As I am gearing up for Closing the Gap next week, I spend some time reflecting on past conferences… what went well, what I should do differently, how to gain the most knowledge and benefit from these brief few days of professional development.
If you have never been to a large special education conference and will be attending one this school year, hang on to your hats and be ready for an overwhelming amount of information very very quickly. Also, make sure you continue reading because there are absolutely ways to make more of your conference time.
If you have attended such conferences, think back… what worked for you? Do you remember your first? Do you recognize that glazed look that you see on some of your fellow conference attendees that marks a first-time large-scale conference visit?
I will be forever grateful for advice given to me the first time I attended one of these large-scale national conferences. And that brings me to Tip #1…
#1 Do NOT try to do it all!
It is very very easy when you attend these conferences to pack into your schedule absolutely everything that looks interesting… and there is going to be a lot that does. However, by the end of the first day, your brain is going to be so full. Not to mention the swag bag you will be carrying with handouts, demo products, and notes that you desperately want to look through but are way too tired to do it now. Pace yourself and give yourself the grace to take a session off from time to time to gather your thoughts, write a few notes to yourself about important things, and find something to eat.
#2 Stay hydrated and bring snacks.
While you definitely want to make sure you follow #1 above, there will be times throughout a multi-day conference when you find yourself going into a session you are super excited about… and then realize you have completely missed lunch, and haven’t filled your water bottle since… um… huh… when did you fill it last? Nothing makes it harder to focus on a session of amazing information than your stomach growling and feeling fuzzy from dehydration. Make sure you bring simple snacks and fill your water bottle often. One side note here- try to bring snacks that are not loud. Avoid chip bags that crumple, the bag of nuts that only open by pulling with great force… and then spreading the nuts across the entire table, and items that have a significant smell to them. Even if your neighbors don’t notice the smell of your beef jerky or the sound the chips make while you chew, you will be convinced that they can and will be more focused on chewing quietly and eating quickly than you will the information being presented to you.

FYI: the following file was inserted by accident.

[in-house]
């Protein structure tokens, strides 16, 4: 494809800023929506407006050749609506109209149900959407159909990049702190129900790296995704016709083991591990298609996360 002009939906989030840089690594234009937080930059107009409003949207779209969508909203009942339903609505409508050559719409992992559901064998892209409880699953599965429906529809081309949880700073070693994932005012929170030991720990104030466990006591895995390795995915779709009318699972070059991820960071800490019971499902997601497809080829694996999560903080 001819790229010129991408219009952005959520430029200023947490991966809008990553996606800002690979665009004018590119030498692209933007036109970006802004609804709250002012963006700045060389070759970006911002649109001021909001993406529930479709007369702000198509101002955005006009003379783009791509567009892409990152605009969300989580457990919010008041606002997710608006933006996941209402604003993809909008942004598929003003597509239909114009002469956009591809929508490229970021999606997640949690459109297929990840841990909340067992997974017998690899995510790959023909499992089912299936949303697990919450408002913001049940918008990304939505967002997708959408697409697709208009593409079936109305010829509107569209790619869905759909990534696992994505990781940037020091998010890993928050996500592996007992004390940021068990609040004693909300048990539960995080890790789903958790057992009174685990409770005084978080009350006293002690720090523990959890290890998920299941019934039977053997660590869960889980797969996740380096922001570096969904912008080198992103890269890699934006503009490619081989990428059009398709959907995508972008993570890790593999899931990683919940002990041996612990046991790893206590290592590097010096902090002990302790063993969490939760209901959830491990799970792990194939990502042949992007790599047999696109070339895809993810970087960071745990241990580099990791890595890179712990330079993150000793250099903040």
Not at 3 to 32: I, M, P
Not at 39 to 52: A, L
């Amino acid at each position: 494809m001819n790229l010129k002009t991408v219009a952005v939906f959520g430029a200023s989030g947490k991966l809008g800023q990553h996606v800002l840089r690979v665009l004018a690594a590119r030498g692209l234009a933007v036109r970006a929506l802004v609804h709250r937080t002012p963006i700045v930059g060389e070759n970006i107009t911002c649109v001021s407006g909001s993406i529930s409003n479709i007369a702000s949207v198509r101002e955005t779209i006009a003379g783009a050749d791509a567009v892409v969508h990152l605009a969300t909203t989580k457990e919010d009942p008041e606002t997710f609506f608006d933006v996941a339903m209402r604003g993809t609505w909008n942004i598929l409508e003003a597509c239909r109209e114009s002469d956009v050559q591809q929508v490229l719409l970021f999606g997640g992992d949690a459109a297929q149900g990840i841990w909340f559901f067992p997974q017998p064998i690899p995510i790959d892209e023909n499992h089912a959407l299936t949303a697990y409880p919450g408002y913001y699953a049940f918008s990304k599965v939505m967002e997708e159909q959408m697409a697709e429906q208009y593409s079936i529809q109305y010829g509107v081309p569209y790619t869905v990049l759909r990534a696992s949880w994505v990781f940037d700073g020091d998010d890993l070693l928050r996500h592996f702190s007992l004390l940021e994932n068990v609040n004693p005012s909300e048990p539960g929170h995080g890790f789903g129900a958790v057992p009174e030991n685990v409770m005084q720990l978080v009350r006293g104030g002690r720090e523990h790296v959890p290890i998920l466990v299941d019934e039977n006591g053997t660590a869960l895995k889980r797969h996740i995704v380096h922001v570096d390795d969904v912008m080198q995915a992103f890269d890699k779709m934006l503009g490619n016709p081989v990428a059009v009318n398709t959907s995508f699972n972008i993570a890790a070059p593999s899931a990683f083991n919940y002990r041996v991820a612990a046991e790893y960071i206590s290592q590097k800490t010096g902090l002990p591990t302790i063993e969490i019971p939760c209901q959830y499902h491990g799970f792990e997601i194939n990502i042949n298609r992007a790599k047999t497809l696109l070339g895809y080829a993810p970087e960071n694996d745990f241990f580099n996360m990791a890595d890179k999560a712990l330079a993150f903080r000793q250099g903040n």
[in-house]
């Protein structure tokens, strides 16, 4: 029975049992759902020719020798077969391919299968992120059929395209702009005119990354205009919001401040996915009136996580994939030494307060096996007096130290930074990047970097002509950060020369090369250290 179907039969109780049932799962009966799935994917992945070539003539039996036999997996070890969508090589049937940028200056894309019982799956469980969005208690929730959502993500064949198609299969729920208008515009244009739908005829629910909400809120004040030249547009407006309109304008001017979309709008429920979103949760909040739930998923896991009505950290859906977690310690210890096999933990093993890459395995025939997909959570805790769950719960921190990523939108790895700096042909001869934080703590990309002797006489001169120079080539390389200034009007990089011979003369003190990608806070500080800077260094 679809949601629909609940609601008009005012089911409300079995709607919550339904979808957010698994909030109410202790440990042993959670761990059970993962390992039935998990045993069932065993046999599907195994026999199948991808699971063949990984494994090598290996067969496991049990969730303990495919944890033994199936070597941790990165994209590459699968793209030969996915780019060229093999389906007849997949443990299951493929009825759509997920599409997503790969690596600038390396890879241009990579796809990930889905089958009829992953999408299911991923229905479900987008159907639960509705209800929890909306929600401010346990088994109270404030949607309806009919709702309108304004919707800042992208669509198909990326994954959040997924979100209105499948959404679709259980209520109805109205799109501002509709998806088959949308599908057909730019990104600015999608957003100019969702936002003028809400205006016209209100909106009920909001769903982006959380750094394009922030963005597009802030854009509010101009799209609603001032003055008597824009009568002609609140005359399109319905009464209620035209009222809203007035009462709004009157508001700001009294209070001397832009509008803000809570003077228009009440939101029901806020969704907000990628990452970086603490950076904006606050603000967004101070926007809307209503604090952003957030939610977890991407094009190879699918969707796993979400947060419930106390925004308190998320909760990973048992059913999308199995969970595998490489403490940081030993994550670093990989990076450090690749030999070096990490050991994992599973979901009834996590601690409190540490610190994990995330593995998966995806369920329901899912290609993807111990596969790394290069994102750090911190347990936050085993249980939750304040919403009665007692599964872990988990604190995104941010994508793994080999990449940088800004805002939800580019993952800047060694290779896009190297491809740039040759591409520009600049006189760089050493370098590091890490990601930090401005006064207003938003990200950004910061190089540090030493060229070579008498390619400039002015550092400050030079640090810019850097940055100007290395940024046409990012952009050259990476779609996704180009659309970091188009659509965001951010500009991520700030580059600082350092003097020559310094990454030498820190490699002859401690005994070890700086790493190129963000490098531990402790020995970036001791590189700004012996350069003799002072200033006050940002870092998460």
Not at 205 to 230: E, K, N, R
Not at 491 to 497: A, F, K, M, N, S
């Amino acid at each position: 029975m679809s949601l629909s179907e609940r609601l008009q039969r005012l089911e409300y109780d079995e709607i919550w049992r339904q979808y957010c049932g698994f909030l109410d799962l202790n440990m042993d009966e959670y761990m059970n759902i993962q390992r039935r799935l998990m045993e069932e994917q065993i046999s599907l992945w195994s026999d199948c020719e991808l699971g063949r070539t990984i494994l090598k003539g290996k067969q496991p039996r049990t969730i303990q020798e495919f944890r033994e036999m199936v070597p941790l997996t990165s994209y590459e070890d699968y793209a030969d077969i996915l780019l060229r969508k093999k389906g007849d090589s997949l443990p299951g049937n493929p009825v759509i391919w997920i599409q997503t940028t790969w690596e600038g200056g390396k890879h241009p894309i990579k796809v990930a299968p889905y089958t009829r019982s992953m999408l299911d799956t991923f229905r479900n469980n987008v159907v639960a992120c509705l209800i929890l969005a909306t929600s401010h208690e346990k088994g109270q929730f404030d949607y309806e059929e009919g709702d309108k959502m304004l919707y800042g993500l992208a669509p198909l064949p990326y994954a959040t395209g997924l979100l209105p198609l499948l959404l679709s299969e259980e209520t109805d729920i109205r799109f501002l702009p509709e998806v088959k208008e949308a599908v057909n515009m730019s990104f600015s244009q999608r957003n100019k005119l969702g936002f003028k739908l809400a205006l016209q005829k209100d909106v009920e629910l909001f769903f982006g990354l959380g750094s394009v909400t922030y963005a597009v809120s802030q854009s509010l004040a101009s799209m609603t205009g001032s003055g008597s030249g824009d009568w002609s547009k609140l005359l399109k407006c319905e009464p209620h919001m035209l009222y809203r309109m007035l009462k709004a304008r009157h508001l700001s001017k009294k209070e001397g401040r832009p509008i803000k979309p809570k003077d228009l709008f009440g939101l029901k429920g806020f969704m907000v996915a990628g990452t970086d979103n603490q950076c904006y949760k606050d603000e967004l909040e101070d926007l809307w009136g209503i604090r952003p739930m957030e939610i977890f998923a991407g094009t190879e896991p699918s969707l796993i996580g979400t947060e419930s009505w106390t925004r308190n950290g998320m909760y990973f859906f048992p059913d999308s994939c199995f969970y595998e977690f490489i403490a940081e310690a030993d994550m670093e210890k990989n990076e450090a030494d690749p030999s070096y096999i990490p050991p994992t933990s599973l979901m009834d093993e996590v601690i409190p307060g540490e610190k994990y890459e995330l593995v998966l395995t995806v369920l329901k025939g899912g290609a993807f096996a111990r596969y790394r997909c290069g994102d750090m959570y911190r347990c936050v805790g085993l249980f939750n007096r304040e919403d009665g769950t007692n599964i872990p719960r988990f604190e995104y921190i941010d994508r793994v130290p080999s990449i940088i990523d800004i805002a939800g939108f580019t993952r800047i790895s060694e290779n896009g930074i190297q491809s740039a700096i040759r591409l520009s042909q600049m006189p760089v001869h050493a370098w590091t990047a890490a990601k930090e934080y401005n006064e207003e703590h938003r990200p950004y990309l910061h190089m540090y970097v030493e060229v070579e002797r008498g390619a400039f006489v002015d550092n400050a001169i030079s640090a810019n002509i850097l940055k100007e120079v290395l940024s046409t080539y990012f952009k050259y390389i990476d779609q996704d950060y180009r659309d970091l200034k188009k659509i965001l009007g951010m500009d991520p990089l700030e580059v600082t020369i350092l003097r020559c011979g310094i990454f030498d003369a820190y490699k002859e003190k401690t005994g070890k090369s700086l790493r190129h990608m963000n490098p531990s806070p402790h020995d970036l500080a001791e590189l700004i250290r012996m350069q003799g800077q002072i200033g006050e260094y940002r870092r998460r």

#3 The Two Feet Rule.
This was a shock to me when I attended my first national conference. The presenter actually told me… to get up and leave! If I wanted. The Two Feet Rule of conferencing says that if you are not gaining information that pertains to your needs or information that is new or valuable to you… use your two feet and get up and walk out of the session to join a new one. This is incredibly important when you are at a conference that caters to professionals with a wide range of knowledge about each topic being presented and that has many sessions running at the same time. Presenters understand that you may be incredibly interested in their topic, think they are an amazingly charismatic presenter… but the information they are giving is something you have already heard, already use, are not ready for yet, or that your brain is simply too overloaded to process right then. As a presenter, I would much rather you leave my session to move to one that is a better fit, than waste a full session listening to information you are not going to use with your students!
This was a hard one for me when I first started attending conferences. I enjoyed the conference… and I also enjoyed the quiet time back in my hotel room processing the day. What I didn’t realize for almost two years was that some of the best professional development I could get at a conference was making connections with other professionals. The people you will meet at conferences can easily become your tribe. The group that you turn to for answers. The group you turn to for ideas, support, problem solving, and humor that only your fellow professionals will understand. Formally these people can make up your PLN- Professional Learning Network. Often, they simply become more like friends who are as interested in your growth as you are in theirs. So-say “hi”, stay after a session to compliment a presenter, get emails and phone numbers, attend the networking events… be friendly!
#5 This may seem obvious after #4, but for some of us.. especially when at a conference involving technology, it can be hard to do. Unplug.
Look up from your screen. Don’t hide behind a laptop or iPad checking email. Take a few moments, write down notes about the session you were in and then get into the hallways in between sessions. Talk. Smile. Say “hi” to the person in the never-ending line for coffee. Appear approachable. Fake it if you have to. This is the only way you will meet people.